The lessons of the sinking of the Scharnhorst by the British battleship Duke of York at the Battle of the North Cape on 26 December 1943 - a purely surface action in near darkness and poor weather where aircraft played no part at all - resonated at the British Admiralty long afterwards into peacetime.
The campaign in the Mediterranean from 1940 to 1943 had been as much about the battleship balance of power as about air power. It was no coincidence that the United Kingdom’s heaviest setbacks in the Mediterranean were in early 1942 when battleship losses there and in the Far East, combined with the threat of German heavy ships in the North Atlantic, meant she had no available battleships in the Mediterranean to counter the threat of the Italian battlefleet to her Malta convoys.
Italy’s major opportunities were squandered because it was desperately short of fuel to put its own battleships to sea; and because of excessive caution when Italian admirals had the chance to use them to strike decisive blows - a caution engendered in part by the moral superiority that the British battleships had established in surface actions during 1940—41. Nor was it a coincidence that the culminating moment of the war against Italy was the escape and flight of the Italian fleet - led by battleships - from its own ports, under heavy German attack, to surrender to the Allies under the guns of the fortress Malta in September 1943.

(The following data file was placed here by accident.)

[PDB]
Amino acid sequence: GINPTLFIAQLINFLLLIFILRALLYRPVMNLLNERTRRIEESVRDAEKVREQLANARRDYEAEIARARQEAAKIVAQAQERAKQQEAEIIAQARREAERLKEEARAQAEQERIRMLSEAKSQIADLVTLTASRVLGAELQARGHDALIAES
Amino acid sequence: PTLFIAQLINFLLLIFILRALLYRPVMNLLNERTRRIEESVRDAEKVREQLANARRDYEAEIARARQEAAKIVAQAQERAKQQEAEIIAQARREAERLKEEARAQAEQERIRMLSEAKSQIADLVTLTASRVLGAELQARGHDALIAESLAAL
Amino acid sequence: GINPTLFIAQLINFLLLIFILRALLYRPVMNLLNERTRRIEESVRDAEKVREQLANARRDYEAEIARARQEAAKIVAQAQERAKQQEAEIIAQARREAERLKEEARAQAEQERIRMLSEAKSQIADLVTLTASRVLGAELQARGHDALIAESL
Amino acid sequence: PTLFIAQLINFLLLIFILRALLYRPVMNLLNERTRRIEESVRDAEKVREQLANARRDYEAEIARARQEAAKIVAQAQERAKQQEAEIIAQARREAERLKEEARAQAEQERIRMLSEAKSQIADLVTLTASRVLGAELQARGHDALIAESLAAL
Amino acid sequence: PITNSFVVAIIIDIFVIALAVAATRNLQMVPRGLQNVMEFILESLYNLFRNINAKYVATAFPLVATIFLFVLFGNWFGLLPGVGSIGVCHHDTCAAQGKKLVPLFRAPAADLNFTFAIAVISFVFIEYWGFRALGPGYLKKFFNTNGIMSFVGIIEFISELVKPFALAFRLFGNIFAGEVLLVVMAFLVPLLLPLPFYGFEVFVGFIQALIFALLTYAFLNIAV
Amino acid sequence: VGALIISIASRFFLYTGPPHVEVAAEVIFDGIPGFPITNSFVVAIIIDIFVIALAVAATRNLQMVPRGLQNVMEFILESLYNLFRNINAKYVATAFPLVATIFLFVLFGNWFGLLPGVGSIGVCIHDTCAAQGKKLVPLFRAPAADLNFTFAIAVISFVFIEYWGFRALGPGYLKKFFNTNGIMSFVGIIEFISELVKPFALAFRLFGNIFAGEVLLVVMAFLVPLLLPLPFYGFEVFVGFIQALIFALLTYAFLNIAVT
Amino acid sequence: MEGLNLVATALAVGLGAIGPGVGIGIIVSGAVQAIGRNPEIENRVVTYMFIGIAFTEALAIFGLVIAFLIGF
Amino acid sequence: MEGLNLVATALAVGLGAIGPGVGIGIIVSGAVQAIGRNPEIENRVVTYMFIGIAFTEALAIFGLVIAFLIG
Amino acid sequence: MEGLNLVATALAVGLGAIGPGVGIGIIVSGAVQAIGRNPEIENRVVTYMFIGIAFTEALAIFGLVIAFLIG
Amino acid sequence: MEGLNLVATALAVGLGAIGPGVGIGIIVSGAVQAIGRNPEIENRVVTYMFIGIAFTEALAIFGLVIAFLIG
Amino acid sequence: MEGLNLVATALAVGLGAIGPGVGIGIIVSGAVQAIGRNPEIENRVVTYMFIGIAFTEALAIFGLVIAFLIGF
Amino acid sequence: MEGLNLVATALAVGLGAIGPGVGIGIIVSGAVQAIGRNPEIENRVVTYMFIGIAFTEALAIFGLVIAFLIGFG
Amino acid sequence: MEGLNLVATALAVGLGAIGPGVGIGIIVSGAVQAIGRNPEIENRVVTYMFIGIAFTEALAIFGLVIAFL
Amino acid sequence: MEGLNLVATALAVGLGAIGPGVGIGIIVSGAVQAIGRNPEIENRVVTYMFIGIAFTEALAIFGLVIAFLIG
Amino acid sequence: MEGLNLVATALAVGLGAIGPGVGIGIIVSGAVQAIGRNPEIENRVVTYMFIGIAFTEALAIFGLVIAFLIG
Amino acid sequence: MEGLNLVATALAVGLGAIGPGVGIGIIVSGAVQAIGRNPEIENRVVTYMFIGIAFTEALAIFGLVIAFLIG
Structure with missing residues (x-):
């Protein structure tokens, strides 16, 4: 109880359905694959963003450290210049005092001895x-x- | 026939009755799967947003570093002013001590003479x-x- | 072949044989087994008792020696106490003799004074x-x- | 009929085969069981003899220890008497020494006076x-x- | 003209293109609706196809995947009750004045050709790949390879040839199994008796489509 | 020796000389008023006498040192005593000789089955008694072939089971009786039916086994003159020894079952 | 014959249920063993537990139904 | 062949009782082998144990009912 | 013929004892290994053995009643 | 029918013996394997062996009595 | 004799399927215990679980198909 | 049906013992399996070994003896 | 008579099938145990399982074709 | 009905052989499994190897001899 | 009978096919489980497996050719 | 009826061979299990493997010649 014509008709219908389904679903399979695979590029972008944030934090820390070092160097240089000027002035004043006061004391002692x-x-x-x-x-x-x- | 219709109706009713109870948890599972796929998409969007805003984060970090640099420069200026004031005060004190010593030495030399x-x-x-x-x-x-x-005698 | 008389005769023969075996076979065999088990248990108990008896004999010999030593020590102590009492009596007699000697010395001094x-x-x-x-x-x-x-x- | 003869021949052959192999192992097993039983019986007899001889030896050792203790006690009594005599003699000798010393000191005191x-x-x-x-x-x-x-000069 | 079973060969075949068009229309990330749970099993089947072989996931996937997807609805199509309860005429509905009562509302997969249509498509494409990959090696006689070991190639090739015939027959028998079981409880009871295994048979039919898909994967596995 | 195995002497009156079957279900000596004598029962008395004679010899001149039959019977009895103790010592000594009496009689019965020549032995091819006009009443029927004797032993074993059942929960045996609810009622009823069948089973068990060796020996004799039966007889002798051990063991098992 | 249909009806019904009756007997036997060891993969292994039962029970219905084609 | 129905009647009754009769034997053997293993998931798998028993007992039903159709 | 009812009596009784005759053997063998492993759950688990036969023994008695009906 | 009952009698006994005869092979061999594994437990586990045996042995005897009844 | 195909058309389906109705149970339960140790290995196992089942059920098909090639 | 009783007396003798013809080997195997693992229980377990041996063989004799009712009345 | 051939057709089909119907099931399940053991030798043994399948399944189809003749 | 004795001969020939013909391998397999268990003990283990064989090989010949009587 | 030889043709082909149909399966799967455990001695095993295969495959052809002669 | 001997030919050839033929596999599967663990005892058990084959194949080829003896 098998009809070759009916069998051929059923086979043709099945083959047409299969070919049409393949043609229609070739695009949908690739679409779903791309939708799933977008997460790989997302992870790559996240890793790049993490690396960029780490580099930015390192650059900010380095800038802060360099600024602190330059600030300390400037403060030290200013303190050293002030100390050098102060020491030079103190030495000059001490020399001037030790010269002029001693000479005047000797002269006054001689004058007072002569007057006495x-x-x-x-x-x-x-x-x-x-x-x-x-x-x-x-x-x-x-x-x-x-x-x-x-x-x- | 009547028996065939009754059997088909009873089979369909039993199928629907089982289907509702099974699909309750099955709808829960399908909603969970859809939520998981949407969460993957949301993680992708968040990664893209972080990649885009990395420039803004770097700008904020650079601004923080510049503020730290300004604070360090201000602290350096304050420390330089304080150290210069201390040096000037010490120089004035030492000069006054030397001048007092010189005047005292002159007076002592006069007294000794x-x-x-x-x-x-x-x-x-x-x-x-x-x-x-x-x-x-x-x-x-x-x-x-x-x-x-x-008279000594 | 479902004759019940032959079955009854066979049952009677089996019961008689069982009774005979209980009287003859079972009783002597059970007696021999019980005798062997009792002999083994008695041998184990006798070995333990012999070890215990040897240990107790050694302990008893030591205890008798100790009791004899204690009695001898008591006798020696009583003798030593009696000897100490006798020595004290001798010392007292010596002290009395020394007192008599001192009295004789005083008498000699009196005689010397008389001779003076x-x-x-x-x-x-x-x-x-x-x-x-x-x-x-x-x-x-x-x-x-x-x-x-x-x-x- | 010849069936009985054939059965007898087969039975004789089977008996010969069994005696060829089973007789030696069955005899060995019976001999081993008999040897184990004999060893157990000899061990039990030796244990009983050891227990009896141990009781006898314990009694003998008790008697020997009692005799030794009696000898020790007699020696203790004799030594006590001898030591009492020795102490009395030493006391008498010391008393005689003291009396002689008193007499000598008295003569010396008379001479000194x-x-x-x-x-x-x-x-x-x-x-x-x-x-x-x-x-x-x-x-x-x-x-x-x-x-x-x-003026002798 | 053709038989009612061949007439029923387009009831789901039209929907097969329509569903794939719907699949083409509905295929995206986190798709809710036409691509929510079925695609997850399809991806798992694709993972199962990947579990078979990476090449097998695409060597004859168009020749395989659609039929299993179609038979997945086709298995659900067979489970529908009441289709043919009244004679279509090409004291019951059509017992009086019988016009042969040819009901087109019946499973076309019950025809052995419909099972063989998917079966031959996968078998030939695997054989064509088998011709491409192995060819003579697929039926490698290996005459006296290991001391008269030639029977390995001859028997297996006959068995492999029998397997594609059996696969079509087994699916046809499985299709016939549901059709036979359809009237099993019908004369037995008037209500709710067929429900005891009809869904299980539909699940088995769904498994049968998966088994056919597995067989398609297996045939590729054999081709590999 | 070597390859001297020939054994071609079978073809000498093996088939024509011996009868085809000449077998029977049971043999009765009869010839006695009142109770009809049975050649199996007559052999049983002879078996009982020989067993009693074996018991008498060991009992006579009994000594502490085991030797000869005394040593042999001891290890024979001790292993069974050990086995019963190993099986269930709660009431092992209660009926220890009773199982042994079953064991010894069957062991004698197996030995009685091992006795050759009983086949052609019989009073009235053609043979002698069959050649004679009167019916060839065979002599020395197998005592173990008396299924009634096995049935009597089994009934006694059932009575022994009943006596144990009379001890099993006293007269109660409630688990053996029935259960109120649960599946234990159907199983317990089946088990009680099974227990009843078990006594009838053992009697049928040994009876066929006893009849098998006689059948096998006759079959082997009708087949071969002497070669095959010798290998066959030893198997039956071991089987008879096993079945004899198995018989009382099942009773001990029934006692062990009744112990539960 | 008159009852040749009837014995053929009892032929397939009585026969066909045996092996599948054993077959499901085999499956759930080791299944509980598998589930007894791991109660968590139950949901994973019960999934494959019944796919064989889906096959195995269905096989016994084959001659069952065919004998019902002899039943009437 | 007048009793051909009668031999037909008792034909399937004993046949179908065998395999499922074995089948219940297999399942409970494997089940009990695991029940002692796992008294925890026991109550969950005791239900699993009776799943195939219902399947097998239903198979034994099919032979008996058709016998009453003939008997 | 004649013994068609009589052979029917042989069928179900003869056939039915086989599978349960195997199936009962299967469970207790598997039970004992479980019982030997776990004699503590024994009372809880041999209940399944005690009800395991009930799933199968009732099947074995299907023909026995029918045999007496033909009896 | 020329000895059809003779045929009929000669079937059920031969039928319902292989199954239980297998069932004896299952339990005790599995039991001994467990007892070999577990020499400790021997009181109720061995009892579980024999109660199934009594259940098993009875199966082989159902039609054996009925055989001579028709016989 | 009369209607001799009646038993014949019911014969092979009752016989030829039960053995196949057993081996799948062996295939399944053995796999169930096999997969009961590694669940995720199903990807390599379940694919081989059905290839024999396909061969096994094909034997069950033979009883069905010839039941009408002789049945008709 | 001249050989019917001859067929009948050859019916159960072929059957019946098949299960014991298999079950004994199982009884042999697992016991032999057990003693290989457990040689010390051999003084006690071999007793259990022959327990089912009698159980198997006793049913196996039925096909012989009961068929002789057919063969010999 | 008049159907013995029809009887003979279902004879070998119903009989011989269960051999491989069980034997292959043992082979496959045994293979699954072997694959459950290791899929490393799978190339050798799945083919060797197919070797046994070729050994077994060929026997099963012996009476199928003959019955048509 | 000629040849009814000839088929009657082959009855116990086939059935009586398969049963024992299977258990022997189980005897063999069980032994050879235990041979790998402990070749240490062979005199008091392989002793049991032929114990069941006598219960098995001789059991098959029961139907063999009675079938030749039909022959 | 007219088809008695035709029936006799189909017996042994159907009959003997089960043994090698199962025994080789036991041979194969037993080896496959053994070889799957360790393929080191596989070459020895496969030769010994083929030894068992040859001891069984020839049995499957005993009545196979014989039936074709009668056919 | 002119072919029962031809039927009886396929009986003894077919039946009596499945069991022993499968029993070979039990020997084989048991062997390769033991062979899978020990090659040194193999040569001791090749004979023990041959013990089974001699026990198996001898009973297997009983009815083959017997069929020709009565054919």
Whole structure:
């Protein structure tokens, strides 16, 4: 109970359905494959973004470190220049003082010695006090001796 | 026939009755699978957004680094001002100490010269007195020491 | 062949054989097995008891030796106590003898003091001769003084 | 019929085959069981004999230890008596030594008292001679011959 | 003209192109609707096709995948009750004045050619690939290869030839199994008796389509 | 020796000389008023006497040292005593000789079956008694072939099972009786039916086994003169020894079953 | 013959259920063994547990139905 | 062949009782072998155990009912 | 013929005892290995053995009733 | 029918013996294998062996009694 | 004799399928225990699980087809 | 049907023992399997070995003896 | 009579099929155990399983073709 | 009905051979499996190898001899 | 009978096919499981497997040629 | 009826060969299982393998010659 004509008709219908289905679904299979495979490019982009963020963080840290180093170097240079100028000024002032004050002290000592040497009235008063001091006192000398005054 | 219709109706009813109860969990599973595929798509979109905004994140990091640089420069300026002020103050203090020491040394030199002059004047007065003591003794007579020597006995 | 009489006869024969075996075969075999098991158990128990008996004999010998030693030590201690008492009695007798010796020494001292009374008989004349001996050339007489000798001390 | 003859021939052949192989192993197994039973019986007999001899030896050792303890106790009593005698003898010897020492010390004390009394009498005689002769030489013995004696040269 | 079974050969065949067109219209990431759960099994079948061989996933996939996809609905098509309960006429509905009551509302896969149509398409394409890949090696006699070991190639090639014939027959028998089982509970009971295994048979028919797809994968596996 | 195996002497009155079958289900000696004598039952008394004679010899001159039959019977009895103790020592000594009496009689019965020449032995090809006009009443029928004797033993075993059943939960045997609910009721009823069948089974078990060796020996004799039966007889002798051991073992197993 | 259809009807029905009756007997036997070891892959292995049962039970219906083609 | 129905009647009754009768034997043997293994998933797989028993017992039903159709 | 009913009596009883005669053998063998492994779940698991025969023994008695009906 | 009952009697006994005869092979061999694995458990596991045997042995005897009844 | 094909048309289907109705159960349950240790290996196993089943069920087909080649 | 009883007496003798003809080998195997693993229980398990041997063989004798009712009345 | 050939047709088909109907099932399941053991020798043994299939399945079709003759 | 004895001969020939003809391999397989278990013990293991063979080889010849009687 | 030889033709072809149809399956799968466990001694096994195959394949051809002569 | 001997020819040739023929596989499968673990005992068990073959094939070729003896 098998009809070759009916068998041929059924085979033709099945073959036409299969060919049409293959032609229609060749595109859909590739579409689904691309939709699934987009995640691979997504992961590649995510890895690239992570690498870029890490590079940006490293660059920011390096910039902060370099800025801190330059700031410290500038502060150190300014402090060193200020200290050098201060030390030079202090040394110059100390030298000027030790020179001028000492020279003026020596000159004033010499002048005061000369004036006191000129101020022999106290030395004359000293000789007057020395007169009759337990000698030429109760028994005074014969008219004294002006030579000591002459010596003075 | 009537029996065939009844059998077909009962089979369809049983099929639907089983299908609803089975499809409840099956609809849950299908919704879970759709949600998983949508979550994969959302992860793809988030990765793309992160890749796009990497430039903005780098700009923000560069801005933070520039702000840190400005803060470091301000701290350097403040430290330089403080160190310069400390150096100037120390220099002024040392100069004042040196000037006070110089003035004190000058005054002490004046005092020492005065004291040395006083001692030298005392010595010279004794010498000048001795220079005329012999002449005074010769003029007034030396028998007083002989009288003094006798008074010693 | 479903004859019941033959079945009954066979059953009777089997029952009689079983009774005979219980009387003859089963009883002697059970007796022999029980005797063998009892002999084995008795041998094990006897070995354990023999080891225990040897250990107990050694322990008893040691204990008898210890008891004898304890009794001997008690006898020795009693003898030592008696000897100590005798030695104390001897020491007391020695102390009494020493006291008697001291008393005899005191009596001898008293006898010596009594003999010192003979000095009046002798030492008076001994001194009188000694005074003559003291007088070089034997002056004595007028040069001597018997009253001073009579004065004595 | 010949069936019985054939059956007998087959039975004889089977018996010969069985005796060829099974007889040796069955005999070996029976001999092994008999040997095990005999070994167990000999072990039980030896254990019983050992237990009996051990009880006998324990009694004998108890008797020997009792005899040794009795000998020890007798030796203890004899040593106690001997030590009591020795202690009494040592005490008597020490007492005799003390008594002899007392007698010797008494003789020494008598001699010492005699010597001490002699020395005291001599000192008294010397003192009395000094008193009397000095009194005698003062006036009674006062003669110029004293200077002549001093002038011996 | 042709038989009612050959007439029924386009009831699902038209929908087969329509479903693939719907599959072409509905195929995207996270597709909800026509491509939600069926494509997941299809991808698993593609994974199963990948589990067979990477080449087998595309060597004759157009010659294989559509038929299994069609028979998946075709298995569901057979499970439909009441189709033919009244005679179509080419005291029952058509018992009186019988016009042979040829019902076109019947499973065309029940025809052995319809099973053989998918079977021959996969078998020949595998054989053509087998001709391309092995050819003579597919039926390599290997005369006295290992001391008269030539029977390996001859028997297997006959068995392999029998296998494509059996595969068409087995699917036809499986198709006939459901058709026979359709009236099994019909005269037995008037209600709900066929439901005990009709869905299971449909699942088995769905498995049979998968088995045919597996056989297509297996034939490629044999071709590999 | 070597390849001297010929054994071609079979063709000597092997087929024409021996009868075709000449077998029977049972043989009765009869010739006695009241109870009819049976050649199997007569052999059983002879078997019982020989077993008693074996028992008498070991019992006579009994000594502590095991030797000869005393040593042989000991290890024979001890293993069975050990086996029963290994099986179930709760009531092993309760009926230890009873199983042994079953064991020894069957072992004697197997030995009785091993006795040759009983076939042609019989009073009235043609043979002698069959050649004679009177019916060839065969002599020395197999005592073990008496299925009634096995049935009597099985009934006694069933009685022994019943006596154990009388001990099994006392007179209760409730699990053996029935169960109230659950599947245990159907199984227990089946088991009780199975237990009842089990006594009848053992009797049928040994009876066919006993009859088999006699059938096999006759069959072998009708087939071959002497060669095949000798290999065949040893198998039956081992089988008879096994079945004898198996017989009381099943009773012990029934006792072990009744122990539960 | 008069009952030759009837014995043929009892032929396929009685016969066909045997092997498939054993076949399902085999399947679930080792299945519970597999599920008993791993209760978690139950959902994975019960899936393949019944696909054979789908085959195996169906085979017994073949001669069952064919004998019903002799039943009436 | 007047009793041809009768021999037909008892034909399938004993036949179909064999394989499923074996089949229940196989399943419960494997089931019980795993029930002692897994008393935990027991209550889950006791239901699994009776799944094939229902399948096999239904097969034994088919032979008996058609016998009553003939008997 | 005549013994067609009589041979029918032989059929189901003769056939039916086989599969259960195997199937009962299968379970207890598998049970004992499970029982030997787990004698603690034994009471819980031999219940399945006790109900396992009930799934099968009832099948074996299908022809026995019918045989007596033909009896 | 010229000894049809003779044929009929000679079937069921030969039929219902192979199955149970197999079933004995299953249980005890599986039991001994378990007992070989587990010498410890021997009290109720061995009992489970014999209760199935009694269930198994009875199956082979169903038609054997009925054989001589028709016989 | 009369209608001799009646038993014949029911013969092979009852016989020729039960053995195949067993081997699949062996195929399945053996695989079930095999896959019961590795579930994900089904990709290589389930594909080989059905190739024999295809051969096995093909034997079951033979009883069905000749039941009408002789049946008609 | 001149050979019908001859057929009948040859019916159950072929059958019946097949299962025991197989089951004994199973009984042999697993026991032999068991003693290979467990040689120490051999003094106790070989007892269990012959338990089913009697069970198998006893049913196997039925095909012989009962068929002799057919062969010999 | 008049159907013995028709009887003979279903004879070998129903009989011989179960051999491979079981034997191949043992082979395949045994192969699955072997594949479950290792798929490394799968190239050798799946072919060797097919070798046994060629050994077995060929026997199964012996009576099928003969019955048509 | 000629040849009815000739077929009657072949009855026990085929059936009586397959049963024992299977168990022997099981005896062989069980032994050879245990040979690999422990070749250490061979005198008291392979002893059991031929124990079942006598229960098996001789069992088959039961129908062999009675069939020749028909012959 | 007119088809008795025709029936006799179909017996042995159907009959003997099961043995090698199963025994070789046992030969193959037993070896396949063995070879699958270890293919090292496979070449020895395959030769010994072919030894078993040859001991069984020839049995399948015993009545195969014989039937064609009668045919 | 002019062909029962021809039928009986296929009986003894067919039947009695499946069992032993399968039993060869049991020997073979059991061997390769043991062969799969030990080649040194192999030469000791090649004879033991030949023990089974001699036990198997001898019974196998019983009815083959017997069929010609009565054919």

Three remaining German heavy ships outlasted Tirpitz: the battlecruiser Gneisenau, sister of Scharnhorst, and the pocket battleships Lutzow, and Admiral Scheer, sisters of Graf Spec. Lutzow, plus the pre dreadnought battleship Schlesien, remained in action in the Baltic Sea against the Soviet Red Army advance until very close to the end of hostilities, when all were finally scuttled or sunk at their moorings in the final weeks of the European war.
In the Pacific, however, naval and amphibious operations continued against Japan at a pace, range and scale that planners had never imagined before 1941. The final actions of the war in the Far East, from the invasion of the Philippines in October 1944; the push against Japanese conquests in South East Asia; the battles for the two strategic outlying islands of Iwo Jima and Okinawa; and finally the operations against Japan itself in the summer of 1945, all involved Allied fast striking forces arranged into task forces of aircraft carriers and battleships escorted by cruisers and destroyers.